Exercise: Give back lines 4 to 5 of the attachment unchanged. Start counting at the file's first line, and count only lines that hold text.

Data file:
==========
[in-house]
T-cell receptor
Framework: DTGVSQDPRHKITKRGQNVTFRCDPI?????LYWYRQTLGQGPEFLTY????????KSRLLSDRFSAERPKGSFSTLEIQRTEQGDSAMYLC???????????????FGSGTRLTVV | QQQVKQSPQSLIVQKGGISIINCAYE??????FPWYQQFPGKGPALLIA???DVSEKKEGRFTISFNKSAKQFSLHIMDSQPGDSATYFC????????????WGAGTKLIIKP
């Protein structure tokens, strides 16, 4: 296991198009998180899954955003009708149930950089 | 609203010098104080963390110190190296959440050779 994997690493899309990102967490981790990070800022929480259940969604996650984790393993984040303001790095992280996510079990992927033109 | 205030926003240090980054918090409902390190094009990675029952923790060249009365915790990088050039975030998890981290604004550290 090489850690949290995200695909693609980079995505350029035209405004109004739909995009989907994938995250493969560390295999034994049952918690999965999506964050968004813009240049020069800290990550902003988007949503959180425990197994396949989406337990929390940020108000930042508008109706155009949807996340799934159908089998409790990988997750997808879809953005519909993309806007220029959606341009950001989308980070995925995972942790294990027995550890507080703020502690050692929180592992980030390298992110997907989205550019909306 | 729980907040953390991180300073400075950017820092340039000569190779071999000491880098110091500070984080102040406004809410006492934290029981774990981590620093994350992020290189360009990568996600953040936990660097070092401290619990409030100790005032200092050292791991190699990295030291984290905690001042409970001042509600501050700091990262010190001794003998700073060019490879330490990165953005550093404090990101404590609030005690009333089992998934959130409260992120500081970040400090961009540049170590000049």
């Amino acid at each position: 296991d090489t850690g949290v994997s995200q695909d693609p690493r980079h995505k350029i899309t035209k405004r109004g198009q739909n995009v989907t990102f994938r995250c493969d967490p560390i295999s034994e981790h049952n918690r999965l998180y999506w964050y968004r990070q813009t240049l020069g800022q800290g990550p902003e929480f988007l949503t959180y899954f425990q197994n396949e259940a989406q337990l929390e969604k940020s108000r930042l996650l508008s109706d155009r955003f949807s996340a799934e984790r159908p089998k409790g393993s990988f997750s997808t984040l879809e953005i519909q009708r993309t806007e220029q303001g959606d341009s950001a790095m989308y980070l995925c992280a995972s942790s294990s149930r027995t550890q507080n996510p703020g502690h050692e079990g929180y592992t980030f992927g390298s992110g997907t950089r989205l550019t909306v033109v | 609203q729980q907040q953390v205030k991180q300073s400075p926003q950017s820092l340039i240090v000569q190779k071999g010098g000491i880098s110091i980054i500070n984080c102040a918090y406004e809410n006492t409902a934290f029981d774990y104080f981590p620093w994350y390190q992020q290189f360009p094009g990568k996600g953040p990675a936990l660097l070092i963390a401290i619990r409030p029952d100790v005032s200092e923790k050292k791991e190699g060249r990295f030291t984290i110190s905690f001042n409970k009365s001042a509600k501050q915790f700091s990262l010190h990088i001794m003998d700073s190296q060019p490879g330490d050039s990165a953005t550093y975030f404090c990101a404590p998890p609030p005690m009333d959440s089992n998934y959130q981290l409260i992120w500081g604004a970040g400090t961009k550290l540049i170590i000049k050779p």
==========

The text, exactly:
């Protein structure tokens, strides 16, 4: 296991198009998180899954955003009708149930950089 | 609203010098104080963390110190190296959440050779 994997690493899309990102967490981790990070800022929480259940969604996650984790393993984040303001790095992280996510079990992927033109 | 205030926003240090980054918090409902390190094009990675029952923790060249009365915790990088050039975030998890981290604004550290 090489850690949290995200695909693609980079995505350029035209405004109004739909995009989907994938995250493969560390295999034994049952918690999965999506964050968004813009240049020069800290990550902003988007949503959180425990197994396949989406337990929390940020108000930042508008109706155009949807996340799934159908089998409790990988997750997808879809953005519909993309806007220029959606341009950001989308980070995925995972942790294990027995550890507080703020502690050692929180592992980030390298992110997907989205550019909306 | 729980907040953390991180300073400075950017820092340039000569190779071999000491880098110091500070984080102040406004809410006492934290029981774990981590620093994350992020290189360009990568996600953040936990660097070092401290619990409030100790005032200092050292791991190699990295030291984290905690001042409970001042509600501050700091990262010190001794003998700073060019490879330490990165953005550093404090990101404590609030005690009333089992998934959130409260992120500081970040400090961009540049170590000049």
């Amino acid at each position: 296991d090489t850690g949290v994997s995200q695909d693609p690493r980079h995505k350029i899309t035209k405004r109004g198009q739909n995009v989907t990102f994938r995250c493969d967490p560390i295999s034994e981790h049952n918690r999965l998180y999506w964050y968004r990070q813009t240049l020069g800022q800290g990550p902003e929480f988007l949503t959180y899954f425990q197994n396949e259940a989406q337990l929390e969604k940020s108000r930042l996650l508008s109706d155009r955003f949807s996340a799934e984790r159908p089998k409790g393993s990988f997750s997808t984040l879809e953005i519909q009708r993309t806007e220029q303001g959606d341009s950001a790095m989308y980070l995925c992280a995972s942790s294990s149930r027995t550890q507080n996510p703020g502690h050692e079990g929180y592992t980030f992927g390298s992110g997907t950089r989205l550019t909306v033109v | 609203q729980q907040q953390v205030k991180q300073s400075p926003q950017s820092l340039i240090v000569q190779k071999g010098g000491i880098s110091i980054i500070n984080c102040a918090y406004e809410n006492t409902a934290f029981d774990y104080f981590p620093w994350y390190q992020q290189f360009p094009g990568k996600g953040p990675a936990l660097l070092i963390a401290i619990r409030p029952d100790v005032s200092e923790k050292k791991e190699g060249r990295f030291t984290i110190s905690f001042n409970k009365s001042a509600k501050q915790f700091s990262l010190h990088i001794m003998d700073s190296q060019p490879g330490d050039s990165a953005t550093y975030f404090c990101a404590p998890p609030p005690m009333d959440s089992n998934y959130q981290l409260i992120w500081g604004a970040g400090t961009k550290l540049i170590i000049k050779p």